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April 11, 2011 6:59 pm
The evidence of previous eurozone sovereign debt crises suggests investors should now be nervously shunning Spanish government bonds after Portugal’s request for a bail-out. Yet exactly the opposite has happened.
When Greece and Ireland needed rescuing last year, yields on Spanish debt rose sharply in the primary and secondary markets.
As Ireland struggled through the first stage of its financial nightmare in November, the interest rate spread between Spanish and benchmark German 10-year bonds rose to a euro-era record of just less than 300 basis points, reflecting the higher perceived risk of Spanish paper and the effects of “contagion” across the eurozone.
But as the crisis has spread this year to Portugal, a neighbouring economy with close financial and commercial ties to Spain, investors have been so relaxed about the possible impact that the spread between German and Spanish bonds has even narrowed, to about 175bp on Monday. The share prices of the country’s banks have bounced from early-January lows.
Spain’s future, and the integrity of the euro, will depend on whether this recovery can be sustained or whether pessimists such as Lorenzo Bernaldo de Quirós, economist and partner at Freemarket Corporate Intelligence in Madrid – who calls it “a dead-cat bounce” and a “passing phase of optimism” – are ultimately proved right.
The steady restoration of Spain’s reputation among investors began more than two months ago, “decoupling” its sovereign debt yields from those of the smaller and riskier economies on the fringes of the eurozone.
“We find that such market differentiation is warranted,” says Deutsche Bank in its latest review of Spain, arguing that economic resilience should allow the country to grow slowly and manage its relatively modest public debt burden.
Gary Jenkins, head of fixed income at Evolution Securities, compares the instant market reactions to the Greek and Irish bail-outs, when investors feared “a knock-on effect, carnage and panic”, with the current situation: European structures in place to cope with such crises and a realisation that Spain is neither Ireland nor Portugal, even if “it’s not out of the woods either”.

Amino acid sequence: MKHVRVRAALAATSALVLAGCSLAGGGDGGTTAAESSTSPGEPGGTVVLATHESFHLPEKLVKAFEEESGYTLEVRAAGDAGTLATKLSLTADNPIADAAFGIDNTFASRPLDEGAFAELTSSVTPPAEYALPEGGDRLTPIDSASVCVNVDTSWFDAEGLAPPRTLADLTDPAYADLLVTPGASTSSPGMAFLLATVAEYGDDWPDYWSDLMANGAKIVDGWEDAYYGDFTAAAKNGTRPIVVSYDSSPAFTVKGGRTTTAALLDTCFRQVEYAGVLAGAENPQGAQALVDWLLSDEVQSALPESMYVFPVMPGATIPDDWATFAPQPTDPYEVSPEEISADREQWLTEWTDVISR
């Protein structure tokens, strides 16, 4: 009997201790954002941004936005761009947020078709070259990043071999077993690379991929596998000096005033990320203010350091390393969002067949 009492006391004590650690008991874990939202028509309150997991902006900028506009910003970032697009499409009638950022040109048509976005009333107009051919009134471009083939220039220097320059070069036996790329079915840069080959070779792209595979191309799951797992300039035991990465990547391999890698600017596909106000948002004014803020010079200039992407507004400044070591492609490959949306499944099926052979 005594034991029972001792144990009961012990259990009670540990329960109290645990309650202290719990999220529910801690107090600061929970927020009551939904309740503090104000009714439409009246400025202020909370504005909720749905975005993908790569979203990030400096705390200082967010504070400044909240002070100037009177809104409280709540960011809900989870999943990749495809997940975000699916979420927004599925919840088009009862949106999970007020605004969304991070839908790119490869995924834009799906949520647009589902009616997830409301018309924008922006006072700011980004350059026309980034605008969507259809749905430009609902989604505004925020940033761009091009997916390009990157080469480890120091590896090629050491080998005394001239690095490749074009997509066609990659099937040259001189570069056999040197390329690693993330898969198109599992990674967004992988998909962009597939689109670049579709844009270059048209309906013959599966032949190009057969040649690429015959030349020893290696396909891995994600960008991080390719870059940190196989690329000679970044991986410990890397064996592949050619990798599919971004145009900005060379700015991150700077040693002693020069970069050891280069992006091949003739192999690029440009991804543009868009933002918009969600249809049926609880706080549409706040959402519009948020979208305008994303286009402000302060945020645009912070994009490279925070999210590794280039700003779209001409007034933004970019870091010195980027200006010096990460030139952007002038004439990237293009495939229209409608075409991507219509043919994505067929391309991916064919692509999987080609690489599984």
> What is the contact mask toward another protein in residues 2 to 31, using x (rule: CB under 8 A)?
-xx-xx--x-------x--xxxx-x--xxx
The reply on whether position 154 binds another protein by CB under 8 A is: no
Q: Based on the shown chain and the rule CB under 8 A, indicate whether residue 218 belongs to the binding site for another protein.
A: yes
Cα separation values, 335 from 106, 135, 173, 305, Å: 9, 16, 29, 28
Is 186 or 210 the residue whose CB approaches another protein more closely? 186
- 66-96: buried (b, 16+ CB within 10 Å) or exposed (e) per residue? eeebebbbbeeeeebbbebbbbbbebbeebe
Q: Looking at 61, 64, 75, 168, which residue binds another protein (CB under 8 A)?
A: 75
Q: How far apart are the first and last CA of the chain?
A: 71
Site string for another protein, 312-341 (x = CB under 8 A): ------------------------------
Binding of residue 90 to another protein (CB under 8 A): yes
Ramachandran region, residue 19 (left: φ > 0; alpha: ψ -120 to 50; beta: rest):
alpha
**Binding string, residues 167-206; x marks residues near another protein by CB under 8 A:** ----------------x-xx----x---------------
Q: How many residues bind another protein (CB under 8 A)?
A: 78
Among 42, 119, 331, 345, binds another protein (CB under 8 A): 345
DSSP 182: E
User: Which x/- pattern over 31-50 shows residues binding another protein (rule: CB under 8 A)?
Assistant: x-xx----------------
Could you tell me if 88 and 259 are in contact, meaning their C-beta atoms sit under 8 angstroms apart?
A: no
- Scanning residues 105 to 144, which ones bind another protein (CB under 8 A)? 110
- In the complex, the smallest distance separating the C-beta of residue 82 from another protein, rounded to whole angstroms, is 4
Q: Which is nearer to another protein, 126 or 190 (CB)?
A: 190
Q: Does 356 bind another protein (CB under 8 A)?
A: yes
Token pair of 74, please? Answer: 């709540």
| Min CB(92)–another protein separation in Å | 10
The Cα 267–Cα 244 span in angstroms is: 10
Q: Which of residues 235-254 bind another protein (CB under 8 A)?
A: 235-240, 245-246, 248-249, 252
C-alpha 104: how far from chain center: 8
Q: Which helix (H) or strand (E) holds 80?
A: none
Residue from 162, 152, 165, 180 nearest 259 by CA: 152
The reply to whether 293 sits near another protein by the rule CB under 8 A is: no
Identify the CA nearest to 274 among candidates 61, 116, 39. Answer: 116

Two perceptions in particular have worked in Spain’s favour. First, the government of José Luis Rodríguez Zapatero, the Socialist prime minister, implemented austerity measures that, unlike in Portugal, produced visible results in cutting the budget deficit. It fell from 11.1 per cent of gross domestic product in 2009 to 9.2 per cent last year and is due to reach 6 per cent this year.
Second, even the grimmest forecasts for the cost to the exchequer of recapitalising the banking system are regarded as manageable for an economy the size of Spain’s.
In a report last week, Evolution Securities noted that the cost of Ireland’s bank bail-out had reached 45 per cent of GDP. Even the most pessimistic calculation of Spanish bank capital needs – the €120bn posited by Moody’s, the credit rating agency, for its “worst case” scenario, a sum eight times as large as the one published by the Bank
of Spain – would come to only a quarter of the Irish damage as a proportion of output.
“Spanish cajas [savings banks] may be in a weak position, but relative to the size of the overall economy their losses and potential losses remain manageable,” Evolution says.
Spanish government officials and bankers are eager to ensure that Spain’s image in international markets continues to improve. But, even among Spaniards, there are pessimists who say the country still faces unquantified financial challenges.
In banking, for example, the Bank of Spain has disclosed detailed figures for exposure to bad loans to construction companies and property developers. But little is known about how many individual home mortgages have been refinanced by savings banks to keep the default rate low, a tendency that could store up trouble for the future.
As for the public finances, economists are concerned about the growing debt of some of the 17 autonomous regions, which, unlike the central government, have generally overshot their budget limits. Catalonia – the most indebted region, with an economy the size of Portugal’s – has flatly announced that it will not meet the official deficit target this year.
And, even if Spain prospers in the bond markets in the coming months, the long-term future is clouded by the widespread assumption that its economy remains uncompetitive and will struggle to expand.
“It’s true that Spain isn’t Ireland and isn’t Portugal, but it does have some of the bad elements of both,” says one sceptical Spanish economist who wishes to remain anonymous, referring to the parallels between Spanish and Irish banks and between Spanish and Portuguese competitiveness levels.
Mr Bernaldo de Quirós says investors are so anxious about the idea of having to rescue Spain, the eurozone’s fourth-biggest economy, that they are simply deluding themselves about the risks.
“These are self-sustaining expectations. Nobody wants Spain to fall,” he says. “Investors want to believe that Spain won’t be affected by the Portuguese crisis.” The result, he says, is clear: “The markets are giving Spain a breathing space. But I think it’s just for a matter of weeks.”
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